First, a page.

The rivalry between the two powers was in full display as President Donald Trump, in a very short virtual speech, urged the United Nations to hold Beijing “accountable” for failing to contain the virus that originated in the Chinese city of Wuhan and has killed over 200,000 Americans and nearly 1 million worldwide.
China’s ambassador rejected all accusations against Beijing as “totally baseless.”
“At this moment, the world needs more solidarity and cooperation, and not a confrontation,” U.N. Ambassador Zhang Jun said before introducing President Xi Jinping’s prerecorded speech. “We need to increase mutual confidence and trust, and not the spreading of political virus.”
French President Emmanuel Macron said the pandemic should be “an electric shock” to encourage more multilateral action. Otherwise, he warned, the world will be “collectively condemned to a pas de deux” by the U.S. and China in which everyone else is “reduced to being nothing but the sorry spectators of a collective impotence.”
Tensions with the U.S. also dominated a fiery speech by Iranian President Hassan Rouhani, whose country is facing the worst COVID-19 crisis in the Middle East. He lashed out at U.S. sanctions but declared that his country will not submit to U.S. pressure.
Rouhani said the United States can’t impose negotiations or war on Iran, stressing that his country is “not a bargaining chip in U.S. elections and domestic policy.” He used the May death of Black American George Floyd under the knee of a white Minneapolis police officer as a metaphor for Iran’s “own experience” with the United States.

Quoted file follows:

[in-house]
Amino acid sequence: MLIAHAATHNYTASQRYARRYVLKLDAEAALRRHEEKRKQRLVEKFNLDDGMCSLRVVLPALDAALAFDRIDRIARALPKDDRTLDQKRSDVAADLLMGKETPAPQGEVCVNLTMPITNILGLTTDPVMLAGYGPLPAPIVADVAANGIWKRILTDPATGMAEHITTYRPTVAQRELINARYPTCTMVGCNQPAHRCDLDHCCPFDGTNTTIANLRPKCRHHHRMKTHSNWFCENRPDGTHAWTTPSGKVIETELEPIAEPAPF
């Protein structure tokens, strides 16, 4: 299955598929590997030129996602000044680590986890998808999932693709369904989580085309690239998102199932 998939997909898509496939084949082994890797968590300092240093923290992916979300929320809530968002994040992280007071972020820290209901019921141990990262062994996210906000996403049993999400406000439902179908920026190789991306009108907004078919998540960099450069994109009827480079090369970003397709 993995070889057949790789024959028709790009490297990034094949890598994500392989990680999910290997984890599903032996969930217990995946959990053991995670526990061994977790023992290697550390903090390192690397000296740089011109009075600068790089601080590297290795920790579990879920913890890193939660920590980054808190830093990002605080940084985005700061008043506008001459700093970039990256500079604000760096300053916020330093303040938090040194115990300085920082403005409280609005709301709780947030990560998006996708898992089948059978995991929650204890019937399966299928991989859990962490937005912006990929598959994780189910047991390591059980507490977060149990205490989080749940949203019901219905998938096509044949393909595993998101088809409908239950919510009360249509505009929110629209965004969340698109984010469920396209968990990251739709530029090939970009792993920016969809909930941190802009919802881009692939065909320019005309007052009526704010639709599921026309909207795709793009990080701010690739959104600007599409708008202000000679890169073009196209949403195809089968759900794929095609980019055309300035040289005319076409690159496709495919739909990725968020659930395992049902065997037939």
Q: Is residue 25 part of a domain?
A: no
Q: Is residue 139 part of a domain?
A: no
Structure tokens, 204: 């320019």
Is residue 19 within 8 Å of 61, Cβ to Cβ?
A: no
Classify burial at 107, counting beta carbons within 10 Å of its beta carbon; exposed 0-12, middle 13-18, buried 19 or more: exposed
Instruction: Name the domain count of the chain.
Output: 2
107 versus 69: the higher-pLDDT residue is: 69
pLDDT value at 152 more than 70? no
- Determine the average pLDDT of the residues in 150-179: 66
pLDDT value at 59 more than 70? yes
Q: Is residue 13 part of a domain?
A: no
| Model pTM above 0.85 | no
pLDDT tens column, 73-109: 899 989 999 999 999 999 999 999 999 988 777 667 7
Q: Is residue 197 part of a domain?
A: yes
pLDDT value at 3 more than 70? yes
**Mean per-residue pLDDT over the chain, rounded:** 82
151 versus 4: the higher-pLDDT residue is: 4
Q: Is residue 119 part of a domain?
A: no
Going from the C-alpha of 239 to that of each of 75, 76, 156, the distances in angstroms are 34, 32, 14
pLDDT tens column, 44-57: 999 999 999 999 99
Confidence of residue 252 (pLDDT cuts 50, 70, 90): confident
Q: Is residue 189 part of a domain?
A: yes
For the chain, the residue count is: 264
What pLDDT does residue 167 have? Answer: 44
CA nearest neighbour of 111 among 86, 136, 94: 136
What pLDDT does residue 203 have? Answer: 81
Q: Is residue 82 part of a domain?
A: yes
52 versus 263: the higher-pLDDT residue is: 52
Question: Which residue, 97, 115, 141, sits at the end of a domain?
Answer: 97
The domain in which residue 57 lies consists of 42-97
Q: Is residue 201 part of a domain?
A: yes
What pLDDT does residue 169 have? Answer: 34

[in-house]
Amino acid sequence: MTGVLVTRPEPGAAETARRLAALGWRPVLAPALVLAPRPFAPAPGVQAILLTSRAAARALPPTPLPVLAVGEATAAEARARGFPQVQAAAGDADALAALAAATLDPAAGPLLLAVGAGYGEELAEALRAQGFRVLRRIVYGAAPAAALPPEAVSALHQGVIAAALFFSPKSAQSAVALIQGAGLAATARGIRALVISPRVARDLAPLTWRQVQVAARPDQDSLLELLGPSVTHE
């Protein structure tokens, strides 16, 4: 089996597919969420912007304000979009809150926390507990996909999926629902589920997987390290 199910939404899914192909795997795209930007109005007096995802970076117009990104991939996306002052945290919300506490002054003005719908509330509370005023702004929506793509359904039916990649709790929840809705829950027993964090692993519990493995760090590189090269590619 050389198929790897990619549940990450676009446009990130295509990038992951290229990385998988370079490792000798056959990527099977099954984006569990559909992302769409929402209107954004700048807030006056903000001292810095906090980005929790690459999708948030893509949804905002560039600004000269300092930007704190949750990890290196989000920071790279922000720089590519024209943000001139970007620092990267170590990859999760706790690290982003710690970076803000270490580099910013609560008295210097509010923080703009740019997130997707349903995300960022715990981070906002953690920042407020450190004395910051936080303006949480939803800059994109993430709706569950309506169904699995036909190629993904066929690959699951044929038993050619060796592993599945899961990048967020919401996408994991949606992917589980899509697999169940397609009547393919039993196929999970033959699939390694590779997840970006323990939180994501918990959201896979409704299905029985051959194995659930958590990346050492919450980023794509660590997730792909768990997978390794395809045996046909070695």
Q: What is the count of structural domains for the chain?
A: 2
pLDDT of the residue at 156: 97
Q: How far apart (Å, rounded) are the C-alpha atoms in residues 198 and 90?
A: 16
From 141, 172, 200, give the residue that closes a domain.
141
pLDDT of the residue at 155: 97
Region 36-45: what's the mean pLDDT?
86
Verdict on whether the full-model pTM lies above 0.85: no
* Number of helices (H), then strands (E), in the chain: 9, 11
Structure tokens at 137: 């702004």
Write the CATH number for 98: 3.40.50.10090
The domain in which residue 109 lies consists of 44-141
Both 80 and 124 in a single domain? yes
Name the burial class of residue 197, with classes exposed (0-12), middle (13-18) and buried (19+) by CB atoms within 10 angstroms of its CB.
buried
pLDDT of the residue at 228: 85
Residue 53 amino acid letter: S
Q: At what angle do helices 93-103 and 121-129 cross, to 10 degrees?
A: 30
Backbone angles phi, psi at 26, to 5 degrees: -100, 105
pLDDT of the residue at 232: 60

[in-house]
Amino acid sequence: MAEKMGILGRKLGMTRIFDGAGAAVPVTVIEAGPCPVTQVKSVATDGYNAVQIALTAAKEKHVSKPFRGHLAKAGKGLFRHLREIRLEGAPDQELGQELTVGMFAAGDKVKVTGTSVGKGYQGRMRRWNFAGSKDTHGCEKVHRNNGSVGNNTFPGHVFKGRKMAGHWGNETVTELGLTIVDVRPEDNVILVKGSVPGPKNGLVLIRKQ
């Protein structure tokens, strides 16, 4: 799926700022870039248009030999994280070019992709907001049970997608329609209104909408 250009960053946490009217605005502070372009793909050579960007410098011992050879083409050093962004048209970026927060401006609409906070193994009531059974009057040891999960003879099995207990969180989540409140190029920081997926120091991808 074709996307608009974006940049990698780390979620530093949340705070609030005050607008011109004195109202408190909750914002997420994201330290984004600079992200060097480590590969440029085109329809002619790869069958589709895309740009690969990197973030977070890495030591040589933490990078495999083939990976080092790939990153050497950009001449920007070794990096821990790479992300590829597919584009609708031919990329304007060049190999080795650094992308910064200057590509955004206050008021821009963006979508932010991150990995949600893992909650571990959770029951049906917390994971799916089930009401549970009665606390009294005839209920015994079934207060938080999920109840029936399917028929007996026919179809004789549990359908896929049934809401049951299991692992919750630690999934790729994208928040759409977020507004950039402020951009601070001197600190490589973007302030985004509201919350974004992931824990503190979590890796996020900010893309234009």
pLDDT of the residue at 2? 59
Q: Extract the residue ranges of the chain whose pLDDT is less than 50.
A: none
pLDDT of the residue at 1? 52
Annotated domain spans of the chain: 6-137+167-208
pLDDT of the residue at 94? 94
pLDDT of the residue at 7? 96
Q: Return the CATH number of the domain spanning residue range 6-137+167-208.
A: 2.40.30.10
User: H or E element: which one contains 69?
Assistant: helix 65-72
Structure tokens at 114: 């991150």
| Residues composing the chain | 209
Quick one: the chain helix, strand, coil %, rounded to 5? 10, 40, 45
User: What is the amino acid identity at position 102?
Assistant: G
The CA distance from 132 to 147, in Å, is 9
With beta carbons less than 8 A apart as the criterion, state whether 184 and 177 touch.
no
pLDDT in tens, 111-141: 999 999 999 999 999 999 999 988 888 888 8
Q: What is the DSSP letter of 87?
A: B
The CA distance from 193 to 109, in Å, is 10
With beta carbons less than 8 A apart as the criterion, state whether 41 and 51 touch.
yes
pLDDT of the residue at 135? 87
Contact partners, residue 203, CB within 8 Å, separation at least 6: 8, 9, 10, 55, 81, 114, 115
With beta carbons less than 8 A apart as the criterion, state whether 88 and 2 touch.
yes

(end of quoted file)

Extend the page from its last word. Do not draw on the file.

“We instantly recognize the feet kneeling on the neck as the feet of arrogance on the neck of independent nations,” Rouhani said.
U.S.-Iran tensions have run dangerously high this year, and Trump signed an executive order this week to enforce all U.N. sanctions on Iran because it’s not complying with a 2015 nuclear deal with world powers — a move he touted in his U.N. speech but that most of the world rejects as illegal.
Similarly, Russian President Vladimir Putin stressed the need for multilateral cooperation against the pandemic, urging an end to “illegitimate sanctions” against his country and others that he said could boost the global economy and create jobs.
South African President Cyril Ramaphosa, speaking on behalf of the African Union, said rich nations haven’t been generous enough in helping developing countries combat COVID-19, which is setting back the continent’s economy and development.
After the pandemic shut down big parts of the world in March, Guterres called for a global cease-fire to tackle it. On Tuesday, he appealed for a 100-day push by the international community, led by the Security Council, “to make this a reality by the end of the year.”
Amid widespread calls for U.N. reforms, France’s Macron said the global body itself “ran the risk of impotence.”
“Our societies have never been so interdependent,” he said. “And at the very moment when all this is happening, never have we been so out of tune, so out of alignment.”
Jennifer Peltz contributed from New York and Angela Charlton from Paris